By Dr. Joel Parlow – Head, Department of Anesthesiology and Perioperative Medicine, Queen’s University
The mention of “Rwanda” to most Westerners conjures up images of the horrors of 1994, when the world stood by as almost 1 million people were massacred in the space of a few months, in one of the lowest points in humanity’s history. Over the past decade, this country has pulled off a veritable miracle, transforming itself into one of the safest countries in central/eastern Africa, and poising itself to be an economic hub of the area. It is also a stunningly beautiful country of rolling hills, lakes, and of course the mountain gorillas of Dian Fossey fame.
I closed 2012 with my second stint as a visiting faculty to the Anesthesiology residency program of the National University of Rwanda, based in the capital city of Kigali, and the university town of Butare. This program was started in 2006 with the assistance of the Canadian Anesthesiologists’ Society International
Education Foundation (CASIEF), a charitable arm of our national organization. At that time, there was one native Rwandan anesthesiologist in this country of around 10,000,000 people (to put it in perspective, there are close to 40 anesthesiologists in Kingston alone!).
Virtually every month since, a Canadian anesthesiologist has travelled to Kigali as a guest instructor, often accompanied by a resident, and sometimes by other personnel, such as a pain management nurse. In the five years since my first visit, I found some very significant and positive changes, in both the country and the residency program. About 10 physicians have graduated, the majority of whom have pursued further training internationally, and most of whom have returned to their country to work and teach future generations. This year, seven new residents were admitted to the program, and the aim of CASIEF is to complete its mission in a couple of years, hopefully leaving behind a sustainable training program. I saw many positive spinoffs from our program that did not exist in 2008: regular discussion of “anesthetic considerations” before attacking a difficult case, weekly morbidity and mortality rounds (the material is endless…) and often more dedicated adherence to the Surgical Safety Checklist than at home. There was even discussion of the non-scientific roles (RwanMeds?) that residents are slowly being expected to demonstrate.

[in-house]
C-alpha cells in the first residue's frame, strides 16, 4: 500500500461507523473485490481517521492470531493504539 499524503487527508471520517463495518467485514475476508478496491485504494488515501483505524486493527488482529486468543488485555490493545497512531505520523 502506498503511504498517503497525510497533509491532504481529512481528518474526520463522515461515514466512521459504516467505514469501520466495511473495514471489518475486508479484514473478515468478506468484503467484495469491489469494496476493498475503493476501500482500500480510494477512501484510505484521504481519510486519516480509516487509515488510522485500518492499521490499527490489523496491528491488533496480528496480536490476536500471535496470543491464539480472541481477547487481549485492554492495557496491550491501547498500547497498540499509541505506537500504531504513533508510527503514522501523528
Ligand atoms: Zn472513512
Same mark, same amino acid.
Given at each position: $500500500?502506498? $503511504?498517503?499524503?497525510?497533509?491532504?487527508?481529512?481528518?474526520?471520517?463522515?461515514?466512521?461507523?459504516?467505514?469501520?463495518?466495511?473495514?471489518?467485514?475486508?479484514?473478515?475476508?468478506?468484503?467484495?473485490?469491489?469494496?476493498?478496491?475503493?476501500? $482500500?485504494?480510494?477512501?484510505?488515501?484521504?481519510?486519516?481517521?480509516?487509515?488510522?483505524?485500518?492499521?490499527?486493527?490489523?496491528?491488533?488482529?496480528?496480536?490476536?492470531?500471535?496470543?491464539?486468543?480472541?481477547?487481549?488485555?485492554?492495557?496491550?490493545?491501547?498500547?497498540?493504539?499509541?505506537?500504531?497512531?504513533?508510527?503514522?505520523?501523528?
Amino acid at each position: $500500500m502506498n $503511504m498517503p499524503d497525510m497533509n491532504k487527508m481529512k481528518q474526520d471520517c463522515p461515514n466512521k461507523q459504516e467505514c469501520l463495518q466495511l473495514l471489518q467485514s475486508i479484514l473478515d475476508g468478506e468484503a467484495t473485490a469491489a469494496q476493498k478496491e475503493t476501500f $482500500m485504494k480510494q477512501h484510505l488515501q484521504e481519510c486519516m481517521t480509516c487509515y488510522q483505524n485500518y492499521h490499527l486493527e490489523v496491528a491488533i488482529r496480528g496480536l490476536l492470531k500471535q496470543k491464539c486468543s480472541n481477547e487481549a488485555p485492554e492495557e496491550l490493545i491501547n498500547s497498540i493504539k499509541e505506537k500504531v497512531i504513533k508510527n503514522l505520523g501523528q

Teaching in a developing country such as Rwanda provides Canadian physicians with numerous personal and benevolent opportunities. While clinical missions in resource-poor countries (such as those that many of our Queen’s faculty have organized and participated in) are critical and life altering, educational programs aim to provide local staff and trainees with the means to improve their own teaching skills and knowledge. Perhaps the best role models we provide are our own residents, with whom the learners can relate to as “peers”, as well as teachers. On each of my trips, I was fortunate to have one of our PGY5 residents accompany me, and take on a good share of the teaching responsibilities. During my most recent visit, Ryan Mahaffey created and taught a number of seminars to the residents (while at the same time studying for his own upcoming RCPSC exams!). He also spent each day working hands-on with residents in the OR, imparting techniques and ideas that he has refined during his own residency.
This was not a one-way street either- Ryan and I saw some weird and exciting things in our few weeks that we (fortunately I guess) never see in this part of the world, as diseases are never allowed to progress so far into their natural history.
We commented that some of the cases we dealt with would have been considered too unrealistic to be fairly used on a Canadian fellowship exam!
He also observed how clinicians in the developing world must deal with incredibly challenging situations without what we would consider the most basic of resources. For example, we were not able to order electrolytes, despite this being the largest university teaching hospital in the country! Furthermore, most medicine in the country is practiced in poorly resourced rural hospitals by undertrained providers, leading to shocking rates of perioperative and maternal complications and mortality.
Another of my interests in participating in this program was to involve our and their residents in scholarly work, resulting in a publication in 2008, as well as a current project. Ryan, Dr. Ana Johnson (Director of ICES@Queen’s) and I teamed up with a second year Rwandan resident to examine attitudes and practices regarding the management of postoperative pain. This project will be ongoing over the next few months.
Numerous Queen’s faculty members have taken roles in the provision of medical service and education in developing countries. I believe that most of us have shared the same mixed feelings upon returning to Kingston: that the “problems” that we struggle with daily seem to pale in comparison to the very basic needs that are unmet in so many areas of the world.